How to Play Gold in a Centrally Planned Economy
Many people hate reading about the manipulation in the gold price.
It almost sounds like a sore loser who didn’t get his way.
Those who cry manipulation are certainly a bunch of conspiracy theorists, like those people who believe in space aliens running mankind and that school is meant to indoctrinate children to conform.
I mean, the market is supposed to be perfectly competitive — the power of supply and demand is what drives prices.
Plain and simple.
But should we dismiss the notion that the way gold behaves isn’t consistent with a free market?
Mysterious spikes and dips at certain time periods
The New York Global Exchange (Globex) and Commodities Exchange (Comex) quote the official spot price of gold. The chart below shows the times when the spot gold price is quoted on these two exchanges, as well as the major international markets that are trading:
You can see that the gold market trades 23 out of 24 hours every weekday. The one hour where trading doesn’t occur is usually between 9:00–10:00am Sydney time, just before the Australian Stock Exchange opens.
Gold enthusiasts have found that the gold price can usually move abruptly when the major markets in Hong Kong, London, and Sydney change over.
Movements of as much as US$100 an ounce can occur in these periods.
But to suggest anything suspicious about this is generally regarded as taboo in a public gathering.
Yes, stop being paranoid.
Or is that what the central bankers, financial institutions, and their captive mainstream media companies want you to think?
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Top-down planned economies, price controls, and rigged markets
In June 2021, I wrote an article about central banks, monetary policy, and price fixing. I presented to you how the Reserve Bank of Australia and other central banks around the world set the overnight interest rates as a means to achieve economic stability.
Put it any way you like, this is basically price fixing.
The overnight interest rate determines the short-term price of risk in our fiat currency system. This has a bearing on asset prices and lending rates.
I argued that even if the rest of the market is allowed to function purely by the forces of supply and demand, the system is still underpinned by a centrally planned base.
Therefore, price fixing or targeting can occur at anytime and anywhere.
The price of gold, and many stocks or cryptocurrencies for that matter, have seen movements that suggest these can occur regularly and predictably.
As to why this happens, please entertain the following idea in your mind.
Central bank mandates and running a monopoly on the monetary supply
Most of you hear time and again that central banks are essential institutions in our economy. Their task is to provide economic stability and encourage full employment.
It is as if without them, the free market cannot function properly.
Therefore, you have economists and former banking bigwigs sitting around the table deciding what is the rate of interest that will ensure a smooth economy.
It sounds benign.
However, the reality is that these central banks are working to ensure that their fiat currency remains the pre-eminent instrument of exchange.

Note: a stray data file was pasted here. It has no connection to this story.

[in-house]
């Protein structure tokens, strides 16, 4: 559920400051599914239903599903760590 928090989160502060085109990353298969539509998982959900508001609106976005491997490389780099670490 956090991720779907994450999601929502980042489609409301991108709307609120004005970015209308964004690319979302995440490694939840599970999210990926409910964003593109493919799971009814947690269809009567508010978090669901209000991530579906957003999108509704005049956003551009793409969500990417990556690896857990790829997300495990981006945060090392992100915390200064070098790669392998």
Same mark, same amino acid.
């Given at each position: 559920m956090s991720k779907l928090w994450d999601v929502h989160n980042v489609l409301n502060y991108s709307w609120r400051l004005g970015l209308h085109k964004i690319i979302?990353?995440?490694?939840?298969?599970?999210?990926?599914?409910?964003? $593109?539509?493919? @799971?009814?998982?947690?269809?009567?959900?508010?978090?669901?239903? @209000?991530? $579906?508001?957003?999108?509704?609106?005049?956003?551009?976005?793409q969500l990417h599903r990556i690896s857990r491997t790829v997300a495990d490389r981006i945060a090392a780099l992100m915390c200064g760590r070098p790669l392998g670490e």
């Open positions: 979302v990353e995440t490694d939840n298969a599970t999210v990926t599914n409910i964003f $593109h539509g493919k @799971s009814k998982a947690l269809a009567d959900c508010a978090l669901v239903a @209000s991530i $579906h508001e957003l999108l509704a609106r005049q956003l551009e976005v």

Remember that central banks and other banks have a role in creating currency and putting it into circulation.
Take a $50 bill and look at the order of the signatures.
In the US, it is even clearer. The US dollar is a Federal Reserve note.
The central banks effectively lend to the government, putting this debt into circulation.
Monetary policy is about ensuring the stability of their ‘money’. They earn interest from us through lending or through tax revenues.
Alternative money is competition for them. Gold, precious metals, and cryptocurrencies all have their use as a means of exchange. These assets rising in price over time signifies the falling value of their fiat currency and vice versa.
Read that last paragraph again. It is key to understanding why central banks fear inflation more than deflation.
They want you to think it is the other way round.
Earning profits through grasping the right price dynamics
I’ve had several readers write to me asking why I rarely talk about the movements in the amount of physical gold that central banks, jewellers, and gold ETFs buy or sell in my analysis on gold.
It’s a very good question. It’s like asking why a diver is going into the water without an oxygen tank.
My reason is that I believe the central planning we have right now nullifies these dynamics.
The digital contracts determine the price of gold.
This market consists of traders in financial institutions, producers hedging their gold production, and speculators seeking to make a quick buck.
And central banks, investment banks, as well as the Bank of International Settlements (look up the name Benoit Gilson) have deep pockets. It’s their playing field, and they own the scoreboard (at least for now).
I see movements in physical gold holdings as the market participants responding to the price dynamics. The price movement is likely planned by the powers that be.
Personally, I believe that trying to predict the price of gold is like trying to read your opponent dressed in a balaclava.
I prefer formulating my strategies watching how the gold price moves and how gold stocks respond. I can identify value this way and find stocks with the most potential.
A master chess player does not simply guess what are the next moves his opponent will make. He must respond to the moves as his opponent makes them.
It has served me well. And I’ve shared my insights with my readers.
Jump in now and get started on building a solid gold portfolio.
Editor, The Daily Reckoning Australia
PS: Our publication The Daily Reckoning is a fantastic place to start your investment journey. We talk about the big trends driving the most innovative stocks on the ASX. Learn all about it here.